Perhaps you haven't heard, but the music industry is facing a bit of a crisis. In the decade since Napster, the music industry has been plagued by rising reluctance on the part of consumers to pay for music they can find online for free. Add to this MTV & VH1's shift away from airing music videos (an important promotional tool), and the result is an industry desperately looking for a way to rescue its finances.
With the loss of MTV & VH1 as reliable outlets for music videos, Vevo (billing itself as "the Hulu of music videos") has come forward to fill the gap--liaising between musicians/labels, advertisers, and content providers such as YouTube. One of Vevo's key strategies to maximize revenue has been to develop more product placement deals, so that music videos are becoming increasingly rife with ads. The videos at left illustrate this increase--the first edits together clips from several music videos to demonstrate the prevalence of integrations; the second focuses solely on the most egregious of these videos, Lady Gaga's "Telephone" video, which features a full 13 instances of integrations from Virgin Mobile to Polaroid to Miracle Whip. To my mind, this effort has been successful in increasing the promotional power of music videos without huge sacrifices to quality of content.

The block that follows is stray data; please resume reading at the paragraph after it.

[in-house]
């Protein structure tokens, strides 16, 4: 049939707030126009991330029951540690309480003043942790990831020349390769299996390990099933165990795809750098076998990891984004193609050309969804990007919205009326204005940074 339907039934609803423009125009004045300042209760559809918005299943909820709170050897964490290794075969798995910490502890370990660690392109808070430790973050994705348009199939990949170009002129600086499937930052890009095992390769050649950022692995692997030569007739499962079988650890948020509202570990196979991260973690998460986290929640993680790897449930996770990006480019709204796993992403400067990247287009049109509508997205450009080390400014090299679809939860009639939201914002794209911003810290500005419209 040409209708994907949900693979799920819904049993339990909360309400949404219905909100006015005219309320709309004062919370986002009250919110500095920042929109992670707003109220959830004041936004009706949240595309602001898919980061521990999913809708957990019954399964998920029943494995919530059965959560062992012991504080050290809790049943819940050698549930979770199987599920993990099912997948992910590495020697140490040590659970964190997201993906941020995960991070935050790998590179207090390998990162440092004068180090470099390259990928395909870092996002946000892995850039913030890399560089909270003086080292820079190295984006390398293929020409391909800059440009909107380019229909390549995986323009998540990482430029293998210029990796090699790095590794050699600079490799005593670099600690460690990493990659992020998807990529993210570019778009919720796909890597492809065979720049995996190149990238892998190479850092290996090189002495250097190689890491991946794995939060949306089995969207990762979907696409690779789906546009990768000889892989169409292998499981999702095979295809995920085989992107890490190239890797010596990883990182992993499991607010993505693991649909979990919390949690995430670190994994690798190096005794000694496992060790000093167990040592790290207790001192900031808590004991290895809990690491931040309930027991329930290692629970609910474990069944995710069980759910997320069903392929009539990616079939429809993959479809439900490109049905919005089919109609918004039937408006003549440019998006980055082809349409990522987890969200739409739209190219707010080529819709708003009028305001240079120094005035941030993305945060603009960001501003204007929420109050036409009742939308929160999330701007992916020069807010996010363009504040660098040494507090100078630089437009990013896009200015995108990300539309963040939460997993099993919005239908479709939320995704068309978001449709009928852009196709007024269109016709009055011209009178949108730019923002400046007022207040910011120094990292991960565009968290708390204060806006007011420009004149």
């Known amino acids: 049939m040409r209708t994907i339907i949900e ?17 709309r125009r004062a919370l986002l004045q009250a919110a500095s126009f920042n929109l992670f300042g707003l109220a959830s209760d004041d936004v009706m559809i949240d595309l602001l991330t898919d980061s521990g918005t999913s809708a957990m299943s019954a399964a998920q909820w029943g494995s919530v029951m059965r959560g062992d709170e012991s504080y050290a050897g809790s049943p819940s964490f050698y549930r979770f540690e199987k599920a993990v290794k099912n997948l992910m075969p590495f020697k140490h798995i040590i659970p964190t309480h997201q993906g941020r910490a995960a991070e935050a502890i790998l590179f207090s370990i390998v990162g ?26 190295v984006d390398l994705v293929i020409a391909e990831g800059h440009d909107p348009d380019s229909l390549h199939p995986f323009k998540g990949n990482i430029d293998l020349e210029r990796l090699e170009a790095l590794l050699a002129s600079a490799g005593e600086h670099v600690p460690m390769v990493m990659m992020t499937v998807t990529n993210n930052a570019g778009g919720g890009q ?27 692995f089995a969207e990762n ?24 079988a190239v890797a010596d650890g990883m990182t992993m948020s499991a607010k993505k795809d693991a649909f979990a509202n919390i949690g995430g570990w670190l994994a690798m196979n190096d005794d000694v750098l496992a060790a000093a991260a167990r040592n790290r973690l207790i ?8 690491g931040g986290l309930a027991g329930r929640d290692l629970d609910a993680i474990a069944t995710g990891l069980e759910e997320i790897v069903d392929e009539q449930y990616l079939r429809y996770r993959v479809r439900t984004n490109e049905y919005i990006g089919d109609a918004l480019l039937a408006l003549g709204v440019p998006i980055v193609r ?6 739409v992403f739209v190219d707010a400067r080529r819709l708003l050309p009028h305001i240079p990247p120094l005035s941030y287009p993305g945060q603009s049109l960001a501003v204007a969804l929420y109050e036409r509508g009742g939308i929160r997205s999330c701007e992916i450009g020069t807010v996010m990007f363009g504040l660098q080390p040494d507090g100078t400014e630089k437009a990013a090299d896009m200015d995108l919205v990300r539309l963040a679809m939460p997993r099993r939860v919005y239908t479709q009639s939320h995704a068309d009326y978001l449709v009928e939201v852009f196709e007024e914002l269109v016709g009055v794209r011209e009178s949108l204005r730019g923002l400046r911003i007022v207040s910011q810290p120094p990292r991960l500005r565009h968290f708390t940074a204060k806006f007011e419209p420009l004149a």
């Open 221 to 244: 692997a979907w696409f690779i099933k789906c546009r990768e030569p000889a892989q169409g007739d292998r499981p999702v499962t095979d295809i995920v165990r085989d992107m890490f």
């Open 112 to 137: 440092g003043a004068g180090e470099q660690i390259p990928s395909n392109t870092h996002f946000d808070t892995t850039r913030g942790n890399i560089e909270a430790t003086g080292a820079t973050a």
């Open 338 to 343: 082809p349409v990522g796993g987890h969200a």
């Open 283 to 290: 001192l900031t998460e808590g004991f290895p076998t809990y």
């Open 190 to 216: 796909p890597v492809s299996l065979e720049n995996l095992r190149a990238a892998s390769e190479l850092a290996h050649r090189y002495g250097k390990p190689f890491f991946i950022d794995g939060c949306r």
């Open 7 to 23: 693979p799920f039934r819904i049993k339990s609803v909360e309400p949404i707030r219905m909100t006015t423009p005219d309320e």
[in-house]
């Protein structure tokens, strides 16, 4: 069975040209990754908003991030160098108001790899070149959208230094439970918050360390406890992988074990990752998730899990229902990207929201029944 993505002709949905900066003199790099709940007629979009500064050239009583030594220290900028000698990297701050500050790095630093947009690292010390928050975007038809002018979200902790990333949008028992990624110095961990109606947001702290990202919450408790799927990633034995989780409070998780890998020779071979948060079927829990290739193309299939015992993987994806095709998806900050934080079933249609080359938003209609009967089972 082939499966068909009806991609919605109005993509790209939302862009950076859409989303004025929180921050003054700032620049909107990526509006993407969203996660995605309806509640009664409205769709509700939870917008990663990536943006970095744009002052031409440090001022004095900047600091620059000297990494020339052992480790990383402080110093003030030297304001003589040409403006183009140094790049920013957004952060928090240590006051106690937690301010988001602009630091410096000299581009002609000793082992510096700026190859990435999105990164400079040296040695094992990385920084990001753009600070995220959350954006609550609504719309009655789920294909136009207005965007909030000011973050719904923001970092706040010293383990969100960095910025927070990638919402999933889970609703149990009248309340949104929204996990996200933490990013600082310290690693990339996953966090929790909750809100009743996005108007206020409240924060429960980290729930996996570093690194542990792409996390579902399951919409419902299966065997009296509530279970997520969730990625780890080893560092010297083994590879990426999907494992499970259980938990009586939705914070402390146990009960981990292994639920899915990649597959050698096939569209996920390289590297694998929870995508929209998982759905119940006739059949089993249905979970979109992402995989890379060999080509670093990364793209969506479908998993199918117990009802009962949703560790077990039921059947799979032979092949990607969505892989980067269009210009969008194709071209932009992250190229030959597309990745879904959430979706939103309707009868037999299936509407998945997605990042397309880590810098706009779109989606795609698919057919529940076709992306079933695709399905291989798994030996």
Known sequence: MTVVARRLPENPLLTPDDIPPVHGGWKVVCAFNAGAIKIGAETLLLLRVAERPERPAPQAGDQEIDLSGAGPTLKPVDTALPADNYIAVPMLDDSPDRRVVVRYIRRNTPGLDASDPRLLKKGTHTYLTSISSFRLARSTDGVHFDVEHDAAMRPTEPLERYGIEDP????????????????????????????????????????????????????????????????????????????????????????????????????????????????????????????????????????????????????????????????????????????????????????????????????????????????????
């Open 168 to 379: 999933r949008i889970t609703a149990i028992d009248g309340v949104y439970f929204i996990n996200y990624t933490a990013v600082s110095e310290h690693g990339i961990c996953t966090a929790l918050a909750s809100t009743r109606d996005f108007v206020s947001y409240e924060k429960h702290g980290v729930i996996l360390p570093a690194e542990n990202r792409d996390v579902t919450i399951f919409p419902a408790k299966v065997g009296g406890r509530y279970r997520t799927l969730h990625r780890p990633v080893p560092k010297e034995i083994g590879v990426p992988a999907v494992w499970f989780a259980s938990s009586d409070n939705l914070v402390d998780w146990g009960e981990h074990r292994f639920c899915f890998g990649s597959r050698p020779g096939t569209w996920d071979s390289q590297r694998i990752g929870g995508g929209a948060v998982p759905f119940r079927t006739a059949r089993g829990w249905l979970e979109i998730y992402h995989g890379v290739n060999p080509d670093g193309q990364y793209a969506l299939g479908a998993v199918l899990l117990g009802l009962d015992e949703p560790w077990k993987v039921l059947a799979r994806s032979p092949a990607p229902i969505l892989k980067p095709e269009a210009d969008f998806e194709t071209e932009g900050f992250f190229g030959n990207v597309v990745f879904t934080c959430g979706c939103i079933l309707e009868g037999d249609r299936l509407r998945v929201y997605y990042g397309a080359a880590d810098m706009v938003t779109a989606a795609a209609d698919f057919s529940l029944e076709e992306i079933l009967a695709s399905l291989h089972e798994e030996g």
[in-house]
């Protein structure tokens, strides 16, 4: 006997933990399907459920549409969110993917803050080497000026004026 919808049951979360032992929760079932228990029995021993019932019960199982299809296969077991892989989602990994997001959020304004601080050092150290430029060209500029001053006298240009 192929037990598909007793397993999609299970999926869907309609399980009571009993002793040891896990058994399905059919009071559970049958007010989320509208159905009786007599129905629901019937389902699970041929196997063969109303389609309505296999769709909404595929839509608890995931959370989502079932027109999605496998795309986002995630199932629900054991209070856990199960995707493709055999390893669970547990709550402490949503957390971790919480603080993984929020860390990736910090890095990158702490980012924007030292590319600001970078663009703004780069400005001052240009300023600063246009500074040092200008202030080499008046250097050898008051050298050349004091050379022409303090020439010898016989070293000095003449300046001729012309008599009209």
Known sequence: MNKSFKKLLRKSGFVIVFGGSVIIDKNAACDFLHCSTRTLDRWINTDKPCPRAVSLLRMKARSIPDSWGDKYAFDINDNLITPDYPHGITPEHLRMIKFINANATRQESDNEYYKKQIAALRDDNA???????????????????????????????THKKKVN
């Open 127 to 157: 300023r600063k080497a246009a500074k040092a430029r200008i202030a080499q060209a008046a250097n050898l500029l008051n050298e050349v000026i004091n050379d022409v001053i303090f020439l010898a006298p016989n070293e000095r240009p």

As my fellow curators this week have discussed, one of the primary complaints about increased product placement in media is a concern that integrations privilege the revenue-generating ad over the narrative function of the content. But how does that argument work when applied to music videos which, although arguably narrative, are more about the music than the storytelling? Does Gaga's use of Diet Coke cans as hair rollers disrupt the "story" of "Telephone"? It perhaps interrupts the story being told in the short film that serves as a music video in this case, but it certainly doesn't disrupt the narrative of the song itself--only the visual experience of the video.
Despite the concerns of some, perhaps product integrations in music videos are an acceptable consequence of the shifting economics of the music industry. As Aymar Jean Christian explains, these integrations should be viewed as an industry's desperate attempts to maintain its bottom line, not necessarily as a creative sacrifice. Although admittedly eyeroll-inducing, watching Britney Spears hawk her own perfume in "Hold it Against Me" seems a small price to pay if it means the industry can survive to create more music.